Tuesday, November 24, 2015

What the 'Hunger Games' Movies Say About Feminism — and War

At the Los Angeles Times, "The Katniss Factor":
Throughout the new "Hunger Games" movie, the fourth and final in the dystopian series, heroine Katniss Everdeen's name is intoned with grave sincerity. The manipulative President Snow whispers it, as one does of a worthy rival; her battle partner and occasional romantic interest Gale Hawthorne utters it to suggest a noble comrade.

But the most telling invocation comes early in the film. "It's Katniss," belts out Peeta Mellark, her other battle partner and romantic interest, compromised and angry as he lies in a hospital bed. "It's [all] because of Katniss."

Much has indeed happened thanks to Katniss, a name you couldn't dream up if you tried and now can't imagine not existing. The character has become a kind of cultural shorthand — an archetype, someone who has deepened our understanding of armed conflicts and paved the way for a political movement. And that's just off the screen.

As the Lionsgate franchise winds down with this week's release of "The Hunger Games: Mockingjay — Part 2," the film and its lead character reside in a far different world than the one in which they began. And many of those differences came because of "The Hunger Games" films.

There is, of course, the money. The franchise that started with novelist Suzanne Collins and was largely directed by Francis Lawrence has taken in $2.3 billion globally, with more on the way. Every year since 2012, at least 35 million tickets have been bought in the United States to a new "Hunger Games" movie. More Americans on average have come out to see Katniss in a given film than they have Harry Potter.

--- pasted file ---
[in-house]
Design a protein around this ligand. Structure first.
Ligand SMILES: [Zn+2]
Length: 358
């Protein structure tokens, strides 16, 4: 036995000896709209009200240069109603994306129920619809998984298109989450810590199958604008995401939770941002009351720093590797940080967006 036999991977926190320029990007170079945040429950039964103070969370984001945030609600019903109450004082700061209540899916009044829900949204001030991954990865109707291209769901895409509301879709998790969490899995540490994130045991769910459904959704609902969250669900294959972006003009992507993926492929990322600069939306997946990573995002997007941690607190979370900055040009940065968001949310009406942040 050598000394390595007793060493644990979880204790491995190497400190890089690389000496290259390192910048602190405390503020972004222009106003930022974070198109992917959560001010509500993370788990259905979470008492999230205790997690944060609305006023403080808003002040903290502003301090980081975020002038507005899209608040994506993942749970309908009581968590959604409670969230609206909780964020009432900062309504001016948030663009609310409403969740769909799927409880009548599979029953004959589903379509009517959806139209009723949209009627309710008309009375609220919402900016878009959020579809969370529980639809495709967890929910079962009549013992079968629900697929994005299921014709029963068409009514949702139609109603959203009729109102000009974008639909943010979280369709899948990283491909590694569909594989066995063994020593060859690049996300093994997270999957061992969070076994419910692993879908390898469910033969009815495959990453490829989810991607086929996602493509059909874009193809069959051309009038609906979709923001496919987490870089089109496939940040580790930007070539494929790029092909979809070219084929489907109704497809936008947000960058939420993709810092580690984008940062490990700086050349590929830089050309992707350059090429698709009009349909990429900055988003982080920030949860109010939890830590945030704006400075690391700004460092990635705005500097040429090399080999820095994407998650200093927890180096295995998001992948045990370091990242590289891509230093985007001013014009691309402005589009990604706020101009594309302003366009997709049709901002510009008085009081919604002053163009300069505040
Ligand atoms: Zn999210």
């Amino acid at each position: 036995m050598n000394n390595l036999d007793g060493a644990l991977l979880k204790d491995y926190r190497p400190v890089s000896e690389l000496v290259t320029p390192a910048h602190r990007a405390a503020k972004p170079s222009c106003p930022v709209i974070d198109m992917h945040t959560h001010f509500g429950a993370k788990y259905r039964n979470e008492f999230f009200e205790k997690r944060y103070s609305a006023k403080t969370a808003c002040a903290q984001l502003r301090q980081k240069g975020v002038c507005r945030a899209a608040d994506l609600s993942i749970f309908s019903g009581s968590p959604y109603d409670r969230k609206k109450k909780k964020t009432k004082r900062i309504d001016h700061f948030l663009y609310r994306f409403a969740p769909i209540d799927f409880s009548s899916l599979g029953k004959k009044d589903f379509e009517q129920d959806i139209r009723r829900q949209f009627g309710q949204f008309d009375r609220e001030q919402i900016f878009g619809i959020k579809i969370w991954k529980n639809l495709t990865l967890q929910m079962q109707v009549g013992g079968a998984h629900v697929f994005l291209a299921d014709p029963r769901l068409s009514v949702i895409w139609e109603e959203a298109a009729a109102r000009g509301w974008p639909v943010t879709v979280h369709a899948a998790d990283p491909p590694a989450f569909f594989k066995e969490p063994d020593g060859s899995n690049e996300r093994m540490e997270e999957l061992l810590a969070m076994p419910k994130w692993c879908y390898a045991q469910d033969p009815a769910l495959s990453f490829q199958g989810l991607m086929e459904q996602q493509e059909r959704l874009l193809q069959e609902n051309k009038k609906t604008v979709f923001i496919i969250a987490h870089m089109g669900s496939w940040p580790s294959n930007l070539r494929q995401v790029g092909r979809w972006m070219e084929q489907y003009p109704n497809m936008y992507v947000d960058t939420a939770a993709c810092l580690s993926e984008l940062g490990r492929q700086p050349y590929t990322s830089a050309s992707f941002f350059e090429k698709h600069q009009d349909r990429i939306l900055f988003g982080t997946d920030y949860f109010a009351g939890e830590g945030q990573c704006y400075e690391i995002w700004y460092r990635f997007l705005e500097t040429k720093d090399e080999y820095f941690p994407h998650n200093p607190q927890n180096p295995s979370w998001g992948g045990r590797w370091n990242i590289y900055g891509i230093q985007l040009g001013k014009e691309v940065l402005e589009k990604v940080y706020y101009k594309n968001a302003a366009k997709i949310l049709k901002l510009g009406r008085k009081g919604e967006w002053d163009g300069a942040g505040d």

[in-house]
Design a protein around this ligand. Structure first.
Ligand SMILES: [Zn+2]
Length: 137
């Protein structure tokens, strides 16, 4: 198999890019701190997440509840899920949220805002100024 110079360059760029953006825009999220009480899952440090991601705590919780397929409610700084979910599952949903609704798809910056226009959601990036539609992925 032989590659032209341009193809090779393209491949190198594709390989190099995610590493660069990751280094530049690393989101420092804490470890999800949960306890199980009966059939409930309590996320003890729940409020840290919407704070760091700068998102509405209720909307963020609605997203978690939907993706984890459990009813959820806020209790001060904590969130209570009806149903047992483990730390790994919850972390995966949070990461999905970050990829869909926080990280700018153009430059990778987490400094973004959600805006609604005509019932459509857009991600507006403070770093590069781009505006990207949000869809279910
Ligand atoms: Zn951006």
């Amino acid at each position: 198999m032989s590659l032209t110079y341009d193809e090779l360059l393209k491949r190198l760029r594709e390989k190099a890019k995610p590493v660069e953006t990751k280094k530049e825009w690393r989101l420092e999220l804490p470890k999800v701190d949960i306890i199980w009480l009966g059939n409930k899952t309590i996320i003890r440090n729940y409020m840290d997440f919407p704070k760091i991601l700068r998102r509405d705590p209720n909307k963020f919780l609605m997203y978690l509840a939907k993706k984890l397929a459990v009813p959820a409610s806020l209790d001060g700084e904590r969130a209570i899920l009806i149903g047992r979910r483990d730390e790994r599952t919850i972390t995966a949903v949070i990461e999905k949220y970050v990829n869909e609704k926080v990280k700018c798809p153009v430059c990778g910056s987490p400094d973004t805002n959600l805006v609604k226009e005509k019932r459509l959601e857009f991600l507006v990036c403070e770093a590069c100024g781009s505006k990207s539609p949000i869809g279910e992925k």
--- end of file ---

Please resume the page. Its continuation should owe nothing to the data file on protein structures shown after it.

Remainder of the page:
But the effects go beyond sheer popularity. As played by Jennifer Lawrence, Katniss, with her bow and arrow, has inspired a generation to lift up their weapons, both literally (the surge in archery lessons) and otherwise. She is often unsmiling, efficient and "male-like," by the chestnutty Hollywood definition, in which female characters are rarely foremost and even less frequently autonomous.

Before "Hunger Games," Hollywood somehow couldn't conceive of a fully formed, villain-thwacking heroine in a top-tier franchise. Sure, some swings had been taken. But they were exceptions — pre-made stars in one-offs (Angelina Jolie in "Salt" or "Wanted") or one-dimensional types in B-movie serials (Milla Jovovich's "Resident Evil" or Kate Beckinsale's "Underworld").

Katniss, on the other hand, was, almost from the start, confident but complicated, bold but human. "She's just so relatable and she's not a superhero — she feels real, she feels lost, she feels reluctant," said director Francis Lawrence. "She doesn't want to be a leader, she doesn't want to be part of a rebellion."

If the character was sometimes caught in a love triangle, a Bridget Jones touch that doesn't exactly scream postfeminist consciousness, she spent much of the rest of the time knocking away at glass ceilings, the Hollywood lady hero whose power comes from thoughts and actions more than sexuality...
Still more.